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Have changes been made to driving dynamics?

Discussion in 'Model S: Driving Dynamics' started by Vger, Nov 2, 2012.

  1. Vger

    Vger Active Member

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    #1 Vger, Nov 2, 2012
    Last edited: Nov 2, 2012
    I have had two test drives of Model S. The first was of the Sunset Red non-Performance car at the Fremont GET AMPED event on June 22. The second experience was driving a green Signature Performance car out of the Bellevue, WA store this past Wednesday, Oct. 31.

    I seemed to notice several changes in the driving dynamics experience between the two drives. It could all be subjective, but that is why I am asking the forum:


    • The second Performance drive gave me a feeling of tighter suspension tuning-- a firmer, more planted ride. There was more feel of road defects, in both a good and less good way.
    • In the first drive in June, the regen felt distinctly softer than the Roadster, even on the "Standard" setting (we tried both). Others seems to have posted that impression as well. Whereas on the second Performance drive, the regen deceleration indeed seemed similar to the Roadster, as I had been told it would be by Jerome Guillen, the Program Director. This time I noticed the actual power, and saw it hit at least 60 kW. That seems more in keeping with the energy recovery from a much heavier car.

    I TOTALLY loved the second drive, and am SO glad I upgraded from Sig to Sig Perf.

    One more thing: I was driving on wet pavement in drizzle in the second (Performance) drive, and was surprised to find that the traction control is less aggressive compared with the Roadster. I was able to break the rear wheels free a couple of times while accelerating through tight turns. It was easy to catch the slide, but I was (pleasantly) surprised that the Model S P85 is not so conservative in torque management.

    Comments?
     
  2. EarlyAdopter

    EarlyAdopter Active Member

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    That's probably the result of the "Sport-Tuned Traction Control" that comes with the Performance model: Model S Options and Pricing | Tesla Motors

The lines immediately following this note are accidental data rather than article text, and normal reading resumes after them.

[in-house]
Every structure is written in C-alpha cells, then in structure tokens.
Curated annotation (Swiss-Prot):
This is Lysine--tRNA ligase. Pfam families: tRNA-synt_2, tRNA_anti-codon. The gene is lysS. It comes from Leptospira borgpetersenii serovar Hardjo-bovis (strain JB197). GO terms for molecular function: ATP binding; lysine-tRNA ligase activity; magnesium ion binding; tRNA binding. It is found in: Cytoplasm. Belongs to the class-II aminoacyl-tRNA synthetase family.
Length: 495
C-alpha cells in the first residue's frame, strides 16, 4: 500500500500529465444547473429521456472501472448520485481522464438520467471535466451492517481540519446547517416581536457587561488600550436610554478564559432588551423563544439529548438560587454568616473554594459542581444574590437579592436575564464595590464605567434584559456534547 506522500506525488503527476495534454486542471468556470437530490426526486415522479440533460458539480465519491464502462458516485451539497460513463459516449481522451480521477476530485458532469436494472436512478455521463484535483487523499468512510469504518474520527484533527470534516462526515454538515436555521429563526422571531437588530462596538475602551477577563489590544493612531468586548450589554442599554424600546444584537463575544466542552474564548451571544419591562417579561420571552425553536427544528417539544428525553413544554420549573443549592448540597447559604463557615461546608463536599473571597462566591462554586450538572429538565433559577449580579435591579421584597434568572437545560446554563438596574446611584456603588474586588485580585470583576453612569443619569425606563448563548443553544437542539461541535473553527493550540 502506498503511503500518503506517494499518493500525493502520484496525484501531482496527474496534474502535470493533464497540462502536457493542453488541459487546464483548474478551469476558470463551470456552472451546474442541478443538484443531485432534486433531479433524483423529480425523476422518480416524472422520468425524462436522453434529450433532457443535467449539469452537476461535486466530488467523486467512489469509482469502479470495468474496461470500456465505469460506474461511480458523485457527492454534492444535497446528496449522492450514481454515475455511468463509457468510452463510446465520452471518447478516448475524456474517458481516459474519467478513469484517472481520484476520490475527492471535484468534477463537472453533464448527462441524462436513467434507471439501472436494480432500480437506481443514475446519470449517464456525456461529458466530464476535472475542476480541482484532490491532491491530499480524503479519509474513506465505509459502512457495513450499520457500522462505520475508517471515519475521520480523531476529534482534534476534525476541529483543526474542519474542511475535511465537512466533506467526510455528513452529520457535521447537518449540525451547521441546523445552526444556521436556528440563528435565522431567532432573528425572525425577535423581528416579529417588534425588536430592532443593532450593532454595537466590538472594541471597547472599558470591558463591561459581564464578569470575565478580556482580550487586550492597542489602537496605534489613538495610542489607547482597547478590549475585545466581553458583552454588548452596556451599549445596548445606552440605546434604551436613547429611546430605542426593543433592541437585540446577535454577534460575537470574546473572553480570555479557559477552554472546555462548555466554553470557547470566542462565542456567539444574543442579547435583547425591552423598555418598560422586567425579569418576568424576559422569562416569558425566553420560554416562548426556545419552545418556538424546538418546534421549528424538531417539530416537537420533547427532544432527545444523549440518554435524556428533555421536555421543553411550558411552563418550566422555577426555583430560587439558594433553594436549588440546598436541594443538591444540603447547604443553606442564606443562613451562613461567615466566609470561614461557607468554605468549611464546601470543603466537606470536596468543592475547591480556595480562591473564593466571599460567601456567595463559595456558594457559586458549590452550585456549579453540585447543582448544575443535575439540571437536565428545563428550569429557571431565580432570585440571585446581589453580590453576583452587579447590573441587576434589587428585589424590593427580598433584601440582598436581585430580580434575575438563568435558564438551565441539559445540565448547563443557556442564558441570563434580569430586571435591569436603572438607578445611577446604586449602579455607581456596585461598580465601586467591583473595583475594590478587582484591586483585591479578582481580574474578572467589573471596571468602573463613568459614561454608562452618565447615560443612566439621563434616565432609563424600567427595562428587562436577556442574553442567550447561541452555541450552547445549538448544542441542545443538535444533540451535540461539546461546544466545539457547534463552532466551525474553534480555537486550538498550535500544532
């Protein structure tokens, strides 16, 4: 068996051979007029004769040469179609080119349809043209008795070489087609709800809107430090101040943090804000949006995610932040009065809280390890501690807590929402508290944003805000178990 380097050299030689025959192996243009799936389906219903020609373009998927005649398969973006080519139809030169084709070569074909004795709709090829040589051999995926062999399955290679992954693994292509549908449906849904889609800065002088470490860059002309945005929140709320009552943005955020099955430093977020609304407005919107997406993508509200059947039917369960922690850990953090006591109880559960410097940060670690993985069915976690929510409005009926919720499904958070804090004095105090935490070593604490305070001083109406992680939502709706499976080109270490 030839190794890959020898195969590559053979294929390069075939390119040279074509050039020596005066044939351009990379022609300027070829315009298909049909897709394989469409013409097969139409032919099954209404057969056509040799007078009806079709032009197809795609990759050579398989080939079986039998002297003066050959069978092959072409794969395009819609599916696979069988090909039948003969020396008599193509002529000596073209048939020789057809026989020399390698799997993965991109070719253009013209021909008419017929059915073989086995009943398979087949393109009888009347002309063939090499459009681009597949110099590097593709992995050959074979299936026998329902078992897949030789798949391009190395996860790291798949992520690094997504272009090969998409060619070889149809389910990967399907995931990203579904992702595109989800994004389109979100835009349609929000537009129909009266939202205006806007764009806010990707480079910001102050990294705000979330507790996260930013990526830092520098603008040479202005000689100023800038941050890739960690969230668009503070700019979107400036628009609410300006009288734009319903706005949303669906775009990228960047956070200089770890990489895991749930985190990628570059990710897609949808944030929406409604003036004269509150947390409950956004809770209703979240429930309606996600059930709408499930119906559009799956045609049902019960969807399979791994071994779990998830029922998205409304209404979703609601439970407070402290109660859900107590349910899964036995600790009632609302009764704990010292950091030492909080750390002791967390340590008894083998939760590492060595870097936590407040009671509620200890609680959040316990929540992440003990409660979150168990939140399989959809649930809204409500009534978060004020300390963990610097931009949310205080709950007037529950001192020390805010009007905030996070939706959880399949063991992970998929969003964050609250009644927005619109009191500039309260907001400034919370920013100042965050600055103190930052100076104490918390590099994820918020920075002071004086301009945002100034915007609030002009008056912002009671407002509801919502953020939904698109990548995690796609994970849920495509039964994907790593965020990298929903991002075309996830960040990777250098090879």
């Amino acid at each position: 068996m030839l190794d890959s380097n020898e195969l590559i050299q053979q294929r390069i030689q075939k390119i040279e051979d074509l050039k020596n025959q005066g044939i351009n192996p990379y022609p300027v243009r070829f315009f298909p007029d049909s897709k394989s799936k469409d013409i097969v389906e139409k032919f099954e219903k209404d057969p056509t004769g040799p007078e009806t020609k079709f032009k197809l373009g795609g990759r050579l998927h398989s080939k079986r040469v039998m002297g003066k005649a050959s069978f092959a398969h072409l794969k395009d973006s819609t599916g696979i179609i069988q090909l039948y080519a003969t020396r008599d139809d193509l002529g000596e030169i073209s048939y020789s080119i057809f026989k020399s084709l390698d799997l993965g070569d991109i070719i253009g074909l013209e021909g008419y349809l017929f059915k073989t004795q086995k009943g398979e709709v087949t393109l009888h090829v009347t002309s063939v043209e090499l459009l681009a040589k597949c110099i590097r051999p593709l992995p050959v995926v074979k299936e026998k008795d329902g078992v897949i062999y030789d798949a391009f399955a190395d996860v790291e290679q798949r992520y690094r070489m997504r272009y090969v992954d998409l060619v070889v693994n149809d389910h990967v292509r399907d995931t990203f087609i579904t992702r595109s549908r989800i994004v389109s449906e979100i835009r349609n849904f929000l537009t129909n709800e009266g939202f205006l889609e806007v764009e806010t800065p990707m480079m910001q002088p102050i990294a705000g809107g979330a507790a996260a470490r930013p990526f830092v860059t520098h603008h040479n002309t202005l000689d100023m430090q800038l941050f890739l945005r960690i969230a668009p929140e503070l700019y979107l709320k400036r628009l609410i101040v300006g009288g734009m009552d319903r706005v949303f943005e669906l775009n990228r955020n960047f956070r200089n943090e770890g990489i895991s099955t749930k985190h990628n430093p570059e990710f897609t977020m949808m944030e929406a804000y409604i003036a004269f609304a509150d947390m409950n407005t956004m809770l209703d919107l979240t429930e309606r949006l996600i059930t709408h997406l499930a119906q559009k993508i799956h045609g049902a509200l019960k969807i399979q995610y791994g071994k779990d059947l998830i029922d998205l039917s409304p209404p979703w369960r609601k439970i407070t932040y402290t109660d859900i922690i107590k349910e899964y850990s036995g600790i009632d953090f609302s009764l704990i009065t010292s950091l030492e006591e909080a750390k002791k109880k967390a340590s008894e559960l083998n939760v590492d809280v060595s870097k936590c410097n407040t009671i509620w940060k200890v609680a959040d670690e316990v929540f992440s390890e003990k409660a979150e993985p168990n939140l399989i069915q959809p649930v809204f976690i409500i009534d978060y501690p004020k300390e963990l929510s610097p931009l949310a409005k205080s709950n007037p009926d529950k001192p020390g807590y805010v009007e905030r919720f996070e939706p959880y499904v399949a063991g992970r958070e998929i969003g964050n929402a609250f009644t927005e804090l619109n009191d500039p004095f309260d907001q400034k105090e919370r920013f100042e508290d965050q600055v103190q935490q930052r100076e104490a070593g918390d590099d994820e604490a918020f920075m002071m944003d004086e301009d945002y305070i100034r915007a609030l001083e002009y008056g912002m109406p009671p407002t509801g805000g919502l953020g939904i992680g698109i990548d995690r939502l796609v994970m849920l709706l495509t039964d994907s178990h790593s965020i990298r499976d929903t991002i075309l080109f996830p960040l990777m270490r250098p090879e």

It wouldn't surprise me to find they let the tail out a little more on the Perf, which is great to hear as I found the traction control too invasive in my Get Amped test drive.
     
  3. brianman

    brianman Burrito Founder

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    Regarding significant changes (as opposed to minor updates), there was this mention (though I presumed it was months away from ready):
    2012 Tesla Model S Full Test
     
  4. stevezzzz

    stevezzzz R;SigS;P85D;SigX

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    Can't speak to TC, but the regen braking in my Sig S standard is distinctly less aggressive than the Roadster's, even when the meter shows 60kW of regen. It's enough less braking that I still haven't quite got the seat of my pants re-tuned for the S and wind up using the friction brakes a little more than I ever did in the Roadster.
     
  5. strider

    strider Active Member

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    I'm sure it's safe to say they've been making tweaks to suspension tuning and driving dynamics constantly up to and even after shipping customer cars. They're learning from our feedback and tweaking things accordingly.
     
  6. Jason S

    Jason S Model S Sig Perf (P85)

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    It actually does tail out a bit. Surprised me the first couple times but now I kinda enjoy it.

    ... And I've driven maybe 20 miles so far. I'm a wicked wicked man.
     
  7. contaygious

    contaygious Active Member